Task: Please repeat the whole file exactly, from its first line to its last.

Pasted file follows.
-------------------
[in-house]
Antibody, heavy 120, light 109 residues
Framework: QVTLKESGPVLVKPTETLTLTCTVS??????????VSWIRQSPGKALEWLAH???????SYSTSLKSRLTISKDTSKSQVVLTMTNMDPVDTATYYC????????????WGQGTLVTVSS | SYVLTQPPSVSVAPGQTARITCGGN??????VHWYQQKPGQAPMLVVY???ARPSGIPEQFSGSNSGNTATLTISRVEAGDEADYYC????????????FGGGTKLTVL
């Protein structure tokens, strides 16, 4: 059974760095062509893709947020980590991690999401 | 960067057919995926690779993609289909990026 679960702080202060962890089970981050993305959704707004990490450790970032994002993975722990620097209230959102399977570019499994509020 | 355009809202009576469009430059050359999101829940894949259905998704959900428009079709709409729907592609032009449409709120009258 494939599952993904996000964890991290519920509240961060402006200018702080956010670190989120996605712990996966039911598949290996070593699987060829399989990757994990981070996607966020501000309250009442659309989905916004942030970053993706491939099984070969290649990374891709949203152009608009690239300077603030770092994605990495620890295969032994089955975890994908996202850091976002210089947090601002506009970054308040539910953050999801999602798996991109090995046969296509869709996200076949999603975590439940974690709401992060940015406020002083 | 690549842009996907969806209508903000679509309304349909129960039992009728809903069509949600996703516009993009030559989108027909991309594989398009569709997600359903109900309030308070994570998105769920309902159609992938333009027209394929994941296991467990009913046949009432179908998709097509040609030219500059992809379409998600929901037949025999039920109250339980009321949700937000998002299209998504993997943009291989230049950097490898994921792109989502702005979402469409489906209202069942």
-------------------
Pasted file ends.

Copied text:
[in-house]
Antibody, heavy 120, light 109 residues
Framework: QVTLKESGPVLVKPTETLTLTCTVS??????????VSWIRQSPGKALEWLAH???????SYSTSLKSRLTISKDTSKSQVVLTMTNMDPVDTATYYC????????????WGQGTLVTVSS | SYVLTQPPSVSVAPGQTARITCGGN??????VHWYQQKPGQAPMLVVY???ARPSGIPEQFSGSNSGNTATLTISRVEAGDEADYYC????????????FGGGTKLTVL
């Protein structure tokens, strides 16, 4: 059974760095062509893709947020980590991690999401 | 960067057919995926690779993609289909990026 679960702080202060962890089970981050993305959704707004990490450790970032994002993975722990620097209230959102399977570019499994509020 | 355009809202009576469009430059050359999101829940894949259905998704959900428009079709709409729907592609032009449409709120009258 494939599952993904996000964890991290519920509240961060402006200018702080956010670190989120996605712990996966039911598949290996070593699987060829399989990757994990981070996607966020501000309250009442659309989905916004942030970053993706491939099984070969290649990374891709949203152009608009690239300077603030770092994605990495620890295969032994089955975890994908996202850091976002210089947090601002506009970054308040539910953050999801999602798996991109090995046969296509869709996200076949999603975590439940974690709401992060940015406020002083 | 690549842009996907969806209508903000679509309304349909129960039992009728809903069509949600996703516009993009030559989108027909991309594989398009569709997600359903109900309030308070994570998105769920309902159609992938333009027209394929994941296991467990009913046949009432179908998709097509040609030219500059992809379409998600929901037949025999039920109250339980009321949700937000998002299209998504993997943009291989230049950097490898994921792109989502702005979402469409489906209202069942």